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Behind the scenes tour of the Mildura brewery.

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Different types of barley we were able to sample

Mildura Brewery

Mildura Brewery

Overall it was a great day. At Thurla Farms we saw how they use drip irrigation to help conserve water. We also saw many ways how they re-use their waste products to improve their sustainability. At the Chaffey trail we were able to experience the other side of sustainability. Although it did allow people to live in an otherwise inhabitable area it caused many negative effects on the Murray river and at the time it was created water conservation wasn’t a big priority. Although most of our students weren’t focused on sustainability on the brewery tour, the brewery itself was. They used local products when possible and also only sold their beer on a somewhat local market.

Sources

http://www.murrayriver.com.au/mildura/chaffey-trail/

http://www.visitvictoria.com/Regions/The-Murray/Activities-and-attractions/History-and-heritage/Chaffey-Trail.aspx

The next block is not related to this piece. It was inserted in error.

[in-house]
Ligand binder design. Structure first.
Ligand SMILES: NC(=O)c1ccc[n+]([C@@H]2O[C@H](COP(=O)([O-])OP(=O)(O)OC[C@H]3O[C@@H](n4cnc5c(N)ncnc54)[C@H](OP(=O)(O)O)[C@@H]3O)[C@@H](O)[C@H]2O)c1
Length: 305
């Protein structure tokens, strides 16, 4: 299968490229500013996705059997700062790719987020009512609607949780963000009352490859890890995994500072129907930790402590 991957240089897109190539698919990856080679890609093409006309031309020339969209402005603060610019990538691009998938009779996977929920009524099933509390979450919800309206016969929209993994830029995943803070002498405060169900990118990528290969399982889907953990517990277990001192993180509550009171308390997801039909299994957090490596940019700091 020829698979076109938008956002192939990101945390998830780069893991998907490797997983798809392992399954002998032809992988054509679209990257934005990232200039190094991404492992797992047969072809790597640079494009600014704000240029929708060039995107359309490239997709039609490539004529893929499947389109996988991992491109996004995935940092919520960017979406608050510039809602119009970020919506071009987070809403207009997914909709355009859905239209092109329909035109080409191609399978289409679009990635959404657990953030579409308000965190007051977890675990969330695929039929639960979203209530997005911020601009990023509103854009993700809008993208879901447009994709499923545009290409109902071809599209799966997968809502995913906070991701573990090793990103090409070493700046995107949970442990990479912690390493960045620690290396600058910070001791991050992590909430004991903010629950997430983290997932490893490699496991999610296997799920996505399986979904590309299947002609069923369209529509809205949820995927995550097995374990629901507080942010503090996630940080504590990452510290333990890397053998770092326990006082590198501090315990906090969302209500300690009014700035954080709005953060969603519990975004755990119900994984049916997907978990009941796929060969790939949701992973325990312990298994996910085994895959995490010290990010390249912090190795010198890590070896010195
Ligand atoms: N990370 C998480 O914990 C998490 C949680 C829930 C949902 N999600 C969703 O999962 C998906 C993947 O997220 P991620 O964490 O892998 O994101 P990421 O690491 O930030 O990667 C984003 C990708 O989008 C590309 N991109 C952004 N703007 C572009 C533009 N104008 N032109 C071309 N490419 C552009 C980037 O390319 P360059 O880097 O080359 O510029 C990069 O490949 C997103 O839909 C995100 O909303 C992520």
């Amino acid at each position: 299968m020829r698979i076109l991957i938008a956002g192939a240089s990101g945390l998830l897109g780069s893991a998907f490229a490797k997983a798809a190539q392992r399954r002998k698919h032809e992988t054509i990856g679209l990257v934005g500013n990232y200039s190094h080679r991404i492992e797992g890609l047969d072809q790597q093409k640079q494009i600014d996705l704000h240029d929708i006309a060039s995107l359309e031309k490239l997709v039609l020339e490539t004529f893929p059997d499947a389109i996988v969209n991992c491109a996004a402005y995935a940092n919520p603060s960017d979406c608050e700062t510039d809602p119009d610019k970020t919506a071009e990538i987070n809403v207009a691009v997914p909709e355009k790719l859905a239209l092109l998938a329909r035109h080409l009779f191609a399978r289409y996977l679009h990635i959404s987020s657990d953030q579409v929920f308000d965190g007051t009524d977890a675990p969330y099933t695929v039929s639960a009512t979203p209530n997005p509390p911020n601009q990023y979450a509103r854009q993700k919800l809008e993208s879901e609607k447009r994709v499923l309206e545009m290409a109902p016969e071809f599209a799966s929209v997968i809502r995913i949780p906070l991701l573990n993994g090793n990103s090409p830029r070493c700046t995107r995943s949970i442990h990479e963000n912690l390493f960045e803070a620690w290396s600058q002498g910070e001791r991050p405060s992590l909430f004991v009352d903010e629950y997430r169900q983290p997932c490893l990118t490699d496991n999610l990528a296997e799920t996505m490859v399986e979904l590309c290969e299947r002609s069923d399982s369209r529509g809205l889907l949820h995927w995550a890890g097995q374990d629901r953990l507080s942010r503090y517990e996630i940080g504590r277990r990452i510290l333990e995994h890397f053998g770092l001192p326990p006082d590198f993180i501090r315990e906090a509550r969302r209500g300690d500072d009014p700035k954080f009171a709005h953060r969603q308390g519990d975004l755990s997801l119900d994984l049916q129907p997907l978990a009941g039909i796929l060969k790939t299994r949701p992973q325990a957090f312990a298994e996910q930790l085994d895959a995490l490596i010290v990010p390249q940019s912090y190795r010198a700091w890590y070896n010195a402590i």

http://www.mildurabrewery.com.au/

Beasley, Col. Thurla Farms, 20 May 2013.

Mildura Visitor Information and Booking Centre, 20 May 2013.

Patrick, Mildura Brewery, 20 May 2013.

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4 Comments

4 thoughts on “May 20 – Jeff

  1. aubynpa

    This was a very exciting visit to Thurla farms, we were able to learn about a different type of irrigation as well as see a large scale farm operation. One of the things I found interesting about Thurla farms was that they had very little waste. They are currently experimenting with their extra almond’s and trying to make horse feed out of them. They also use orange rines that they receive from Mildura as a fertilizer for the ground. Col is very innovative in his farming techniques as Jeff explained with his details on the fish farming. This was a great visit that opened up our eyes to different crops and sustainability practices in Australia.

  2. Thurla Farms was an amazing farm and the most diverse I have ever seen. I didn’t know that it was of change of plan but I am glad we got to see this farm. It was my first visit in the progarm and it was great to see how the acquisition of thurla farms with aquaculture. If I get my own farm in the future I would follow their method of irrigation and diversification